Melbourne, Singapore, Dailan, Shanghai, Hong Kong, Kuala Lampur, Munich, Budapest, Vienna, Lund, Bern, Helsinki, Shenyang, Dublin, London, Stuttgart, Hawaii, Vancouver, Toronto, etc., would all love to come to Silicon Valley in this virtual community manner, through a club equipped with a standard wireless local area network (WLAN), connected to a virtual private network (VPN). This cross-oceanic virtual private network will have kiosk-based unified messaging (UM) between the clubs. This would also including very low-cost voice over the Internet protocol (VoIP) connected in all major APEC, Asian Pacific economic community, cities with the VoIP and UMoIP as well as through carrier allies with IP backbone to 120 of the important cities in USA/Canada as well as many in the EU.

Those of us with neurological dysfunctions such as MS, ALS, ALD, Parkinsons, Alzheimers and myriad more, have a very special personal stake in the networking that goes on over sushi and wine. Life sciences and information technology working together can aid these patients in a very effective way. For example, techniques like neuroprosthetics -- interaction with devices using voice and eye signals -- can develop.

As I sit in the only quiet spot at The Center during its weekly, after-hours social event, I notice the networking that takes place. The Center provides a great opportunity for people to share ideas for business. Everyone from the original architects of the Valley to new entrepreneurs is there. Investors look for good investment opportunities, and start-up companies look for anyone wanting to put money into their new venture. Basically, it's a people-to-people scene and is exciting to observe.

Then there are those who find the allure of the event as a singles bar irresistible. Where else can they find stimulating company, fresh sushi and good wine at such a fair price? Personally, having attended the weekly occasion for so many months now because my husband, Laszlo, is a member of The Center's Advisory Board, I could care less if I ever see sushi again in my life!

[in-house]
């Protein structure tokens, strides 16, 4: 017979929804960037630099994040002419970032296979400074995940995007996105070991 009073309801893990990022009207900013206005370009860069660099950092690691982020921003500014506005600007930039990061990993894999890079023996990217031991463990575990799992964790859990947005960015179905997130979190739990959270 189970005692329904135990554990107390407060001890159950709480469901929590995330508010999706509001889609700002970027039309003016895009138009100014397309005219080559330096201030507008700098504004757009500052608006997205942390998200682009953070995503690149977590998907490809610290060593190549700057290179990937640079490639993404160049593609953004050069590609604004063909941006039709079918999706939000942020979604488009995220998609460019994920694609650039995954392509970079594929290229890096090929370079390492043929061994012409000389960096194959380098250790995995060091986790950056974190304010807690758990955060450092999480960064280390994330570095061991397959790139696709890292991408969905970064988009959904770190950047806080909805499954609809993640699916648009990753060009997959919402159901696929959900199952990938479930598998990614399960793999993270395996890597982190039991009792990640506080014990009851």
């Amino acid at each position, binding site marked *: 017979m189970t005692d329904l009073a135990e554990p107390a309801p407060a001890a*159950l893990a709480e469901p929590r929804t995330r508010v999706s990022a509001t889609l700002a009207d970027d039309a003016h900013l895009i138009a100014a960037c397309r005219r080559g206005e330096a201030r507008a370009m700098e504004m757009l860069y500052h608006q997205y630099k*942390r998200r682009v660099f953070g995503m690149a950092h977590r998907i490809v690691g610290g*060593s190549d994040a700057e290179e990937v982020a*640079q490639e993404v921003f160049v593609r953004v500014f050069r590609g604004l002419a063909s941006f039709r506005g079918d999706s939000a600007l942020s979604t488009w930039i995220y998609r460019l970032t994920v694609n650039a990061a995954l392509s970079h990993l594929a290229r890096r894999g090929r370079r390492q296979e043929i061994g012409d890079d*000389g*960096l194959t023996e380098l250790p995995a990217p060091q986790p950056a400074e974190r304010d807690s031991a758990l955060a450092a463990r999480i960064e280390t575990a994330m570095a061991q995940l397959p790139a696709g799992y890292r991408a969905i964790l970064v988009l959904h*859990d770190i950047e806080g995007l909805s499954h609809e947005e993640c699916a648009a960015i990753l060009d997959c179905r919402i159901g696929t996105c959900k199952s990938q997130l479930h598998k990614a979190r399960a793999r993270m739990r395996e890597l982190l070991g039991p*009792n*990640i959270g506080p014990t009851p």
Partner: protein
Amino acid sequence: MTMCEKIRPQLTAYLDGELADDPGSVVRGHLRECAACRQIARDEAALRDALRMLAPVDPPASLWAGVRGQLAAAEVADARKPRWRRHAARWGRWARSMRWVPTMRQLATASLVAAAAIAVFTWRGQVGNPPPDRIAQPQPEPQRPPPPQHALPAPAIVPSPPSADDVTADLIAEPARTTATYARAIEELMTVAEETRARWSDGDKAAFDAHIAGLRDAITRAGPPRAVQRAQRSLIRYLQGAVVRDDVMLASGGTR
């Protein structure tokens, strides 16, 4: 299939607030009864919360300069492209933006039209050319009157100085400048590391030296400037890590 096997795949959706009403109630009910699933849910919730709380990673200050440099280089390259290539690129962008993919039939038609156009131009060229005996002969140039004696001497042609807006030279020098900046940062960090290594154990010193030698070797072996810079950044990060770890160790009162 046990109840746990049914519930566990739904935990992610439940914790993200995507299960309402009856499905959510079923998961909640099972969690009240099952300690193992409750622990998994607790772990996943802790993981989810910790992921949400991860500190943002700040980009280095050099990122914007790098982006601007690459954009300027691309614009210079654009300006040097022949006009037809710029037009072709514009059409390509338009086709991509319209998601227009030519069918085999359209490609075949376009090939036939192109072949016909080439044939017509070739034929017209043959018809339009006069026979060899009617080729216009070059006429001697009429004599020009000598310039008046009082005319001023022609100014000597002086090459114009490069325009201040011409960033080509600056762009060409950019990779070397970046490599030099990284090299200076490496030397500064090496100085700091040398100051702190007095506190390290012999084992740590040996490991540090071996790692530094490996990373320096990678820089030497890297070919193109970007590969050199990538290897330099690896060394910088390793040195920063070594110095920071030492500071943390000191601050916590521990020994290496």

By now I have my own circle of friends at this gathering. And I find those wanting to do business with my important husband very courteous and attentive to me. In general, the entire encounter is an "upper" for me, a technology midget among giants.

Nibbling on the cheese set before me, my taste for sushi having long since expired, I fulfill my role as a mouse in the boardroom to the max. I overhear conversations of businessmen from the already-mentioned countries exchanging e-mail addresses to further negotiate via the Internet. The Center has achieved its goal.

I smile a little inward smile, realizing medical researchers around the world have been sharing ideas and breakthroughs on the Internet for years. A medical Manhattan Project has been globalized thanks to the Internet. I know a lot of afflicted people who were ready for medical help yesterday.

What can we do besides raise money to hurry things along? Hope the convergence of biotechnology and IT accelerates treatments for physical malfunctions worldwide and promotes the free exchange of intellectual property among biotechnology companies and research institutions, that's what. And keep that sushi and wine readily available for the Thursday night Pub at the World Internet Center.


Copyright © 2003, Janine M Lodato. Copying license http://www.linuxgazette.com/copying.html
Published in Issue 88 of Linux Gazette, March 2003